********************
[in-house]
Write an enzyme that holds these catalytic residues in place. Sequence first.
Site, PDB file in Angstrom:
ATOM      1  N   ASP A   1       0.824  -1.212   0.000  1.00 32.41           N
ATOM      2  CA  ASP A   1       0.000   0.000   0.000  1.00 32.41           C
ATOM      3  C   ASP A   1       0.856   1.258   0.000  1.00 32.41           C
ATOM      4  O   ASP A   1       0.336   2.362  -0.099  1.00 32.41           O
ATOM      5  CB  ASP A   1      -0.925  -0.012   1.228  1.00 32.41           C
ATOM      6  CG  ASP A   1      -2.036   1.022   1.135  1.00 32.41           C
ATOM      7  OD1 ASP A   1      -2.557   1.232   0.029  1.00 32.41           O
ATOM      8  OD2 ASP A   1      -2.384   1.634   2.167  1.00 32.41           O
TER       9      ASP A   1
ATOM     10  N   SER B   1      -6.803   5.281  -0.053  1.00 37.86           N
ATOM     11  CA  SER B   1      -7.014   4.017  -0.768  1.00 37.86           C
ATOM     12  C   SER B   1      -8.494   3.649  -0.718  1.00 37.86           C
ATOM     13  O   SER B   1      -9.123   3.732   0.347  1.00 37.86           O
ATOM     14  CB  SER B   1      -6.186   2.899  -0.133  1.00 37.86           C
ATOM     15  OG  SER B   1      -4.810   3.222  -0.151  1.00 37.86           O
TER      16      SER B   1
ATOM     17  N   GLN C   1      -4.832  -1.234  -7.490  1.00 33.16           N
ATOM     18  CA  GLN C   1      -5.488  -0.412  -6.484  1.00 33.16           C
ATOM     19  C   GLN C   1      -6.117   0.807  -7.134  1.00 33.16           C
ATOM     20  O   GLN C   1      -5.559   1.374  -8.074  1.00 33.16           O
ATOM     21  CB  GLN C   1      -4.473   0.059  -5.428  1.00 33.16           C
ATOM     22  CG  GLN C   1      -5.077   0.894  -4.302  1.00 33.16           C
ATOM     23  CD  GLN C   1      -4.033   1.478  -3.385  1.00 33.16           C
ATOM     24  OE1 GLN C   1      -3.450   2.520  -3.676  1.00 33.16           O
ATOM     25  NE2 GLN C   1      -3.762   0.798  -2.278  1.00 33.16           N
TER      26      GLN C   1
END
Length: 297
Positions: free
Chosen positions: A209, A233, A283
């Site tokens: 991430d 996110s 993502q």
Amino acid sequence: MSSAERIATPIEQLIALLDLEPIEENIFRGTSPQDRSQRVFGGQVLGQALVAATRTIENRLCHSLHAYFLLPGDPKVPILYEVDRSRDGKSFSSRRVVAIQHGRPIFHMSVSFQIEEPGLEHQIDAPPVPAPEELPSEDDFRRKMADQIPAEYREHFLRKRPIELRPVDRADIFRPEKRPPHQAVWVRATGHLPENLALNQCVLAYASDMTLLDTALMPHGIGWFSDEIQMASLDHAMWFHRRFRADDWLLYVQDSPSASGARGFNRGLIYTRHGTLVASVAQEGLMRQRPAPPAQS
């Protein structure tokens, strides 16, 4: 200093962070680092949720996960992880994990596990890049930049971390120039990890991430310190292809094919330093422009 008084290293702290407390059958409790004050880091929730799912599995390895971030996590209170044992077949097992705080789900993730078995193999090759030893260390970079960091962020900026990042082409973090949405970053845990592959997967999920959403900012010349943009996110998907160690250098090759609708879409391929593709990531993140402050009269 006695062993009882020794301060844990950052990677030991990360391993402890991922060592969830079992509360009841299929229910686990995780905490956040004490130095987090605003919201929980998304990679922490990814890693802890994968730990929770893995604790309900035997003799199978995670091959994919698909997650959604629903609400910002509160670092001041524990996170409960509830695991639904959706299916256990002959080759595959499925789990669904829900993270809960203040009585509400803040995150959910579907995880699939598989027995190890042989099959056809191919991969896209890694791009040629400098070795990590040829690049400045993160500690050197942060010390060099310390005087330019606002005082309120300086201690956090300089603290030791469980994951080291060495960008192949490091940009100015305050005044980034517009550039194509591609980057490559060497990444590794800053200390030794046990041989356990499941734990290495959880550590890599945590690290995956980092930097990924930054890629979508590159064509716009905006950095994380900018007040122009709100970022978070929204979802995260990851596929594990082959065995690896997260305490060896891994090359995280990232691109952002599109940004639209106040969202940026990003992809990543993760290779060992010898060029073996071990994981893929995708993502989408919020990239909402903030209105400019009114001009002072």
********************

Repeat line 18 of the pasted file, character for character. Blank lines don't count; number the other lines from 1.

ATOM     15  OG  SER B   1      -4.810   3.222  -0.151  1.00 37.86           O